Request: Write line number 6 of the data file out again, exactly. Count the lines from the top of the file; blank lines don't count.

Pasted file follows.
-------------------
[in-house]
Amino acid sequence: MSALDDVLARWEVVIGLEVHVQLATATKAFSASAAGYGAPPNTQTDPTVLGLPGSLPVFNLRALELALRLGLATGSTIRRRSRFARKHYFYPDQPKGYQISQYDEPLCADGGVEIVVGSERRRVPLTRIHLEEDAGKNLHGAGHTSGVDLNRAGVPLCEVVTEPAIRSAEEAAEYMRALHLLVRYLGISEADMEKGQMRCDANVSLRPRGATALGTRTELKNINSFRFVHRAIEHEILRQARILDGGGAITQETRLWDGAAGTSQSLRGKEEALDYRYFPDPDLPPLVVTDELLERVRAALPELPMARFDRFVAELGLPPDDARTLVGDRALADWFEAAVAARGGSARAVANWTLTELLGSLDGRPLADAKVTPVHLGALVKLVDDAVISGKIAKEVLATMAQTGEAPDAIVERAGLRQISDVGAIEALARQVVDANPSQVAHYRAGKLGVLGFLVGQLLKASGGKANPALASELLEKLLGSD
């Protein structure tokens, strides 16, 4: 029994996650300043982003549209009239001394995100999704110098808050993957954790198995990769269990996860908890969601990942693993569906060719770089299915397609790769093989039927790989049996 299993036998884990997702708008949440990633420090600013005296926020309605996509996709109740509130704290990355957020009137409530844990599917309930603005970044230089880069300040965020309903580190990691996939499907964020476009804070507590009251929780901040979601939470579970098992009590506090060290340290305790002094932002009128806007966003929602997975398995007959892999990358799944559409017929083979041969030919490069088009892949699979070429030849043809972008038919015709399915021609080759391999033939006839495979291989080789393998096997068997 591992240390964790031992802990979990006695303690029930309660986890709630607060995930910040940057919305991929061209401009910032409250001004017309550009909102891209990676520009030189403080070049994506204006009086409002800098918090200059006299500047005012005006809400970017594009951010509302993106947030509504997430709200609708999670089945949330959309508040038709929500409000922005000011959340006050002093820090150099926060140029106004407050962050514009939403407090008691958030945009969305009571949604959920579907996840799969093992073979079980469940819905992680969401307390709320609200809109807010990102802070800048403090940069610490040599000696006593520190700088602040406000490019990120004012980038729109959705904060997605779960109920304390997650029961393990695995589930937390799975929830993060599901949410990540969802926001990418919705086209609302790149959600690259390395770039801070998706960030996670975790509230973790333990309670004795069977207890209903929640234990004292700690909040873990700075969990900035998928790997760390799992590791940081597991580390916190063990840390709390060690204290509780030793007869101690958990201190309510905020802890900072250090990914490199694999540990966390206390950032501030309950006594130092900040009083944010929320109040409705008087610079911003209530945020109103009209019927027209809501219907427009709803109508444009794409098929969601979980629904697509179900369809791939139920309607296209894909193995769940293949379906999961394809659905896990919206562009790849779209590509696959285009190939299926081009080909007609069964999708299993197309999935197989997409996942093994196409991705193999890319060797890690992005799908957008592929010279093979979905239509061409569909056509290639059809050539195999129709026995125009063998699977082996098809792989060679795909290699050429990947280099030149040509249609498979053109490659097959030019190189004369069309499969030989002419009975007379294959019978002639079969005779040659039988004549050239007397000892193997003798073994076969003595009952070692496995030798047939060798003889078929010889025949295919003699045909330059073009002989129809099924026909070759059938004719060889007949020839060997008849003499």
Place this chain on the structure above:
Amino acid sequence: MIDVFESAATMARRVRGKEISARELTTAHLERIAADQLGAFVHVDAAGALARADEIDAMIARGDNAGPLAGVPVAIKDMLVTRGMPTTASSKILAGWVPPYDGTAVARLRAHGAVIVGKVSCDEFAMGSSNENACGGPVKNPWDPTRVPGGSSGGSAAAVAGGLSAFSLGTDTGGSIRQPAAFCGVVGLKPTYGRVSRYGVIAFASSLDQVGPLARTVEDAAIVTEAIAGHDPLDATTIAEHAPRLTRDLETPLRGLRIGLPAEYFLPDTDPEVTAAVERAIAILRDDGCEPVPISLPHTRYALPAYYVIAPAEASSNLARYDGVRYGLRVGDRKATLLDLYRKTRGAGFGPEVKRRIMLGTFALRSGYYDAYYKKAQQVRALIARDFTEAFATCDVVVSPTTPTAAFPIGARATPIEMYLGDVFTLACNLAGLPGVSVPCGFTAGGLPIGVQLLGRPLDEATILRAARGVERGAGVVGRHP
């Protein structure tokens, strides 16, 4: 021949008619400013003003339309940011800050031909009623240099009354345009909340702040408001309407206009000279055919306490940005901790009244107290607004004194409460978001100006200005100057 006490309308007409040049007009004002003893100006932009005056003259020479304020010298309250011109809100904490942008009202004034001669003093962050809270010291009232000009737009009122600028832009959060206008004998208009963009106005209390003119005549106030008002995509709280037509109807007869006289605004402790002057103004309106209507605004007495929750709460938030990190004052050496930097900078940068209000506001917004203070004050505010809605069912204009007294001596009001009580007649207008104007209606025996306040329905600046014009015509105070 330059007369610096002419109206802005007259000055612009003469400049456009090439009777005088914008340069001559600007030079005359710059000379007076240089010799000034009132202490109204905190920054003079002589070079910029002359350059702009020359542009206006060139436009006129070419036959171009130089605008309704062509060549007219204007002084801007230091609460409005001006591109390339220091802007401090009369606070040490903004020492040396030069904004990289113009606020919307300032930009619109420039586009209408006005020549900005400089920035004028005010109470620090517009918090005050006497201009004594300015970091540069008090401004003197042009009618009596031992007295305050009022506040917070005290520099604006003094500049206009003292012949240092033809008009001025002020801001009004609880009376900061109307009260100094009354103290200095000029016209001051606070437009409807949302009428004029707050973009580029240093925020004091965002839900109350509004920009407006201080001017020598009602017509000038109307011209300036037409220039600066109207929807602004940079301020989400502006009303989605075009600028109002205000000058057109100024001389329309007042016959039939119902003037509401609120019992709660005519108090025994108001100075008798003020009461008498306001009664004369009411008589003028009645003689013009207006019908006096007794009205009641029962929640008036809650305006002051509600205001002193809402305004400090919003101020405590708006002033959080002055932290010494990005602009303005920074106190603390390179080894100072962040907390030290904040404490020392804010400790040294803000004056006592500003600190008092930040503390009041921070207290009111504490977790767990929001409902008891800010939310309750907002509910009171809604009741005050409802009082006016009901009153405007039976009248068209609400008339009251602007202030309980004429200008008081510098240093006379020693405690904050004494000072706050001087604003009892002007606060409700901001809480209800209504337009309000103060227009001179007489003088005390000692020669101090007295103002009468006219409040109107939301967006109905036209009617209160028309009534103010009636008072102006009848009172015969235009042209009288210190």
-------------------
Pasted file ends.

């Protein structure tokens, strides 16, 4: 021949008619400013003003339309940011800050031909009623240099009354345009909340702040408001309407206009000279055919306490940005901790009244107290607004004194409460978001100006200005100057 006490309308007409040049007009004002003893100006932009005056003259020479304020010298309250011109809100904490942008009202004034001669003093962050809270010291009232000009737009009122600028832009959060206008004998208009963009106005209390003119005549106030008002995509709280037509109807007869006289605004402790002057103004309106209507605004007495929750709460938030990190004052050496930097900078940068209000506001917004203070004050505010809605069912204009007294001596009001009580007649207008104007209606025996306040329905600046014009015509105070 330059007369610096002419109206802005007259000055612009003469400049456009090439009777005088914008340069001559600007030079005359710059000379007076240089010799000034009132202490109204905190920054003079002589070079910029002359350059702009020359542009206006060139436009006129070419036959171009130089605008309704062509060549007219204007002084801007230091609460409005001006591109390339220091802007401090009369606070040490903004020492040396030069904004990289113009606020919307300032930009619109420039586009209408006005020549900005400089920035004028005010109470620090517009918090005050006497201009004594300015970091540069008090401004003197042009009618009596031992007295305050009022506040917070005290520099604006003094500049206009003292012949240092033809008009001025002020801001009004609880009376900061109307009260100094009354103290200095000029016209001051606070437009409807949302009428004029707050973009580029240093925020004091965002839900109350509004920009407006201080001017020598009602017509000038109307011209300036037409220039600066109207929807602004940079301020989400502006009303989605075009600028109002205000000058057109100024001389329309007042016959039939119902003037509401609120019992709660005519108090025994108001100075008798003020009461008498306001009664004369009411008589003028009645003689013009207006019908006096007794009205009641029962929640008036809650305006002051509600205001002193809402305004400090919003101020405590708006002033959080002055932290010494990005602009303005920074106190603390390179080894100072962040907390030290904040404490020392804010400790040294803000004056006592500003600190008092930040503390009041921070207290009111504490977790767990929001409902008891800010939310309750907002509910009171809604009741005050409802009082006016009901009153405007039976009248068209609400008339009251602007202030309980004429200008008081510098240093006379020693405690904050004494000072706050001087604003009892002007606060409700901001809480209800209504337009309000103060227009001179007489003088005390000692020669101090007295103002009468006219409040109107939301967006109905036209009617209160028309009534103010009636008072102006009848009172015969235009042209009288210190």